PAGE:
College Admission Controversy


Emma Taylor, Staff Writer

Last week, a story broke about wealthy, often famous, parents who essentialy bought their children a spot at prominant colleges. The scandal, dubbed “Varsity Blues”, resulted in a stingthat ended with 50 people being charged for being involved in a scheme to get unqualified children into top colleges.Yale University, the University of Southern California, Stanford University, UCLA, the University of San Diego, the University of Texas, Wake Forest University, and Georgetown University are all of the schools impacted by the college admission scam.

It has been revealed that many parents and celebrities have paid money as a bribe to colleges to improve the chances of their children getting accepted. Some parents have even paid amounts between $15,000 to $75,000 for someone else to take the ACT and SAT for their children. People have been paid to make athletic profiles for students, so it seems like they were highly successful athletes throughout high school. Around fifty people have been charged so far, including 33 parents, nine college coaches, and a mix of standardized test administrators and test proctors.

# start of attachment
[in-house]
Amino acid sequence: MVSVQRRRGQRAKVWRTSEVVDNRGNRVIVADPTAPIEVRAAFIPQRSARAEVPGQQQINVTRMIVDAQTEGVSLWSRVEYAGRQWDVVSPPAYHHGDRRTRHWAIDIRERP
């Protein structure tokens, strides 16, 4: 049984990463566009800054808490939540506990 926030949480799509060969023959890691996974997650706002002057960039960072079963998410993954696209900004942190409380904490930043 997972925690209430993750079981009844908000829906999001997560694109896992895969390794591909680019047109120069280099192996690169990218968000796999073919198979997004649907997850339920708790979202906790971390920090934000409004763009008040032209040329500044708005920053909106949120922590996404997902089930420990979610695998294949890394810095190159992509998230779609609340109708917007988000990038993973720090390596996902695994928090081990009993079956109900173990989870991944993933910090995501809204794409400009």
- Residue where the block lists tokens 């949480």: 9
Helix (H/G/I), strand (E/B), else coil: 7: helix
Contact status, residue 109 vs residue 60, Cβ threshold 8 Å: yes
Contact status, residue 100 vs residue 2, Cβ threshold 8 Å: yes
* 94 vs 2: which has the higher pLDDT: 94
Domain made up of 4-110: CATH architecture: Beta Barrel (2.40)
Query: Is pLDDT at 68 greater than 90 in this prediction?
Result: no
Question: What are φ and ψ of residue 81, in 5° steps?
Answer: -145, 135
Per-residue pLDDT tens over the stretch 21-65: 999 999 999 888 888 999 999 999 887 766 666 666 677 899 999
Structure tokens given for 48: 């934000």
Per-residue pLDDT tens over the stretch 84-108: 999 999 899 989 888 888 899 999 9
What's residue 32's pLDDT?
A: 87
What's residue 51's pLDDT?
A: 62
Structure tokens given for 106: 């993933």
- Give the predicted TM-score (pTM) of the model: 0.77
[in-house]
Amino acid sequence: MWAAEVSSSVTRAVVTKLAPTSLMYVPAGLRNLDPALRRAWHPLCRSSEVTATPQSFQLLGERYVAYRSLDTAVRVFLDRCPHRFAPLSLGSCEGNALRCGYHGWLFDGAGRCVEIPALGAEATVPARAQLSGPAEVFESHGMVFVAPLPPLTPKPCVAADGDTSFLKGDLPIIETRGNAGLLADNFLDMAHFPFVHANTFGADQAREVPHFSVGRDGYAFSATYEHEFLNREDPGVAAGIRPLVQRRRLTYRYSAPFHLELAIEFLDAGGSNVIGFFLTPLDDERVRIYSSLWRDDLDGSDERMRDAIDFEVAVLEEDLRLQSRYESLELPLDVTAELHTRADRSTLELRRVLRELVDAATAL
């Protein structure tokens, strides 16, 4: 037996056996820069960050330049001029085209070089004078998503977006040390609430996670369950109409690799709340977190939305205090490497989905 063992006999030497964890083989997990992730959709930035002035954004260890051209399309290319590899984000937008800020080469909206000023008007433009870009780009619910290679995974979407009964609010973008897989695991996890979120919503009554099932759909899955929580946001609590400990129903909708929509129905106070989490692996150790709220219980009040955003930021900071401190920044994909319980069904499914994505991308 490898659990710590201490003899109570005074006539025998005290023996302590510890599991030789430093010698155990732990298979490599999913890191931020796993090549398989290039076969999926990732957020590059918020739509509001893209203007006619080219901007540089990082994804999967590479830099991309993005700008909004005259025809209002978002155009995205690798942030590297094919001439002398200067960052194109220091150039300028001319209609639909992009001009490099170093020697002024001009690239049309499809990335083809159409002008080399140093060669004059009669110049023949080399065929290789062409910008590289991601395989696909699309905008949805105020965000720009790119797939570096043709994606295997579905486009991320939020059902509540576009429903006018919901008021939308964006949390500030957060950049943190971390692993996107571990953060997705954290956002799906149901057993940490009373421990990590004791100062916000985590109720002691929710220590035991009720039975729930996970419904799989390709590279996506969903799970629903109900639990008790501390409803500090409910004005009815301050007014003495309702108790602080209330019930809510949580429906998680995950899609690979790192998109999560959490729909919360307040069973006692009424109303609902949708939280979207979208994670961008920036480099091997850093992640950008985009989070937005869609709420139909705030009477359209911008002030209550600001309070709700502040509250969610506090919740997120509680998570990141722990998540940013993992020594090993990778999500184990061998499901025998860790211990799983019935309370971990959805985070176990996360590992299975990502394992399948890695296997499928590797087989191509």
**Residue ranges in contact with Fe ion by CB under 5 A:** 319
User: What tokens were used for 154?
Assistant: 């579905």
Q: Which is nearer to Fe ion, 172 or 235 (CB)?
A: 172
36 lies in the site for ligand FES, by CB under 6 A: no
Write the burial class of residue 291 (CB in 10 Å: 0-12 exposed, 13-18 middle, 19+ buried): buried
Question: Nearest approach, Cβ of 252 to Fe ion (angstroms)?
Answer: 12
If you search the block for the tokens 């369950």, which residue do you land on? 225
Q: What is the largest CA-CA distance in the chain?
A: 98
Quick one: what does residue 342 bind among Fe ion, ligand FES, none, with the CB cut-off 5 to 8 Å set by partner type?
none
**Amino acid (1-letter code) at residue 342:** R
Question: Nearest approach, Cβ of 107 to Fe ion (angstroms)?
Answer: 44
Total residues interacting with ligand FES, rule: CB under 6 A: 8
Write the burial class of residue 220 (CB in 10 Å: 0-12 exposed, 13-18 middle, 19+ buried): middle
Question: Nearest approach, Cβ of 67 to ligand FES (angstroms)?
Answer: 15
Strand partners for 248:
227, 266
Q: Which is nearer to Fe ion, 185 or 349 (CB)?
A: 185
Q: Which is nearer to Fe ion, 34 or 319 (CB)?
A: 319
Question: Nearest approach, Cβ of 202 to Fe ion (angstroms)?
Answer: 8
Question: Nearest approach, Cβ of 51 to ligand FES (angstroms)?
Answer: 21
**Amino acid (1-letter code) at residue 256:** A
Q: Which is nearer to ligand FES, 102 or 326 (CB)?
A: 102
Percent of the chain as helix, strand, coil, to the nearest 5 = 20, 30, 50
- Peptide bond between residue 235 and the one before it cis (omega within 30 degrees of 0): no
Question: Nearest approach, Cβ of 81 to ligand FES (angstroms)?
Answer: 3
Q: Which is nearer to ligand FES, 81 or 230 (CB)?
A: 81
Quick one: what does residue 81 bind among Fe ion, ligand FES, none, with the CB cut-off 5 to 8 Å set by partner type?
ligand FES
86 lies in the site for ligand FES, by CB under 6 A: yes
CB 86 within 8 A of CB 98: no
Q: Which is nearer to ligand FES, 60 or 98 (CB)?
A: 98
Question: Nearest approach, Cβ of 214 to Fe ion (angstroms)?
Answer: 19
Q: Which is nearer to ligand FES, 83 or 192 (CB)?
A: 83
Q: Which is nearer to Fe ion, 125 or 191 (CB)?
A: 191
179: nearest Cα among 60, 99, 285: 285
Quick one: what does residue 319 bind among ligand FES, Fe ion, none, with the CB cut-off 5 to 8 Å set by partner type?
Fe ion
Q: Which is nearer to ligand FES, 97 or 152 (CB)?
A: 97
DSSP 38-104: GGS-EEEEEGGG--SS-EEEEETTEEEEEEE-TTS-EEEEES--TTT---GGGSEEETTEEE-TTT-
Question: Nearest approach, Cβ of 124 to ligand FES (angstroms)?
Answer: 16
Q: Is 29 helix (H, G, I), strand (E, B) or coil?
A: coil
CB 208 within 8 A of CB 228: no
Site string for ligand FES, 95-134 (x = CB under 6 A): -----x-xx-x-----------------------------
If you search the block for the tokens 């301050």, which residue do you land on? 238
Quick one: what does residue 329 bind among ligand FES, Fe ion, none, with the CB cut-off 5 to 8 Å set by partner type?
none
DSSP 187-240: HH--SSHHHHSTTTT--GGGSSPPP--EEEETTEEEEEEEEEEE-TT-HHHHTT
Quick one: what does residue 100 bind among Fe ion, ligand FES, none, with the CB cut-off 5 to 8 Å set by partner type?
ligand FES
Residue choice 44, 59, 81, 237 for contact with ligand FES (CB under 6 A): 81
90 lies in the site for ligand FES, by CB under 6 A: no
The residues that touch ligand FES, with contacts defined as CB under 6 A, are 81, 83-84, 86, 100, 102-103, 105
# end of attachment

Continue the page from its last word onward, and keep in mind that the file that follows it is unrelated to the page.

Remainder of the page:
This whole situation has made applying to colleges unfair for students who have tried to get in legitimately, with good grades and the typical activities that look good on college applications. The investigation began May of 2018. It involved around 200 federal agents throughout six different states. Students who attend the eight affected schools are planning on suing because they were denied a fair opportunity for admission.

The effect this scandal has had and will have on current high school students is unclear.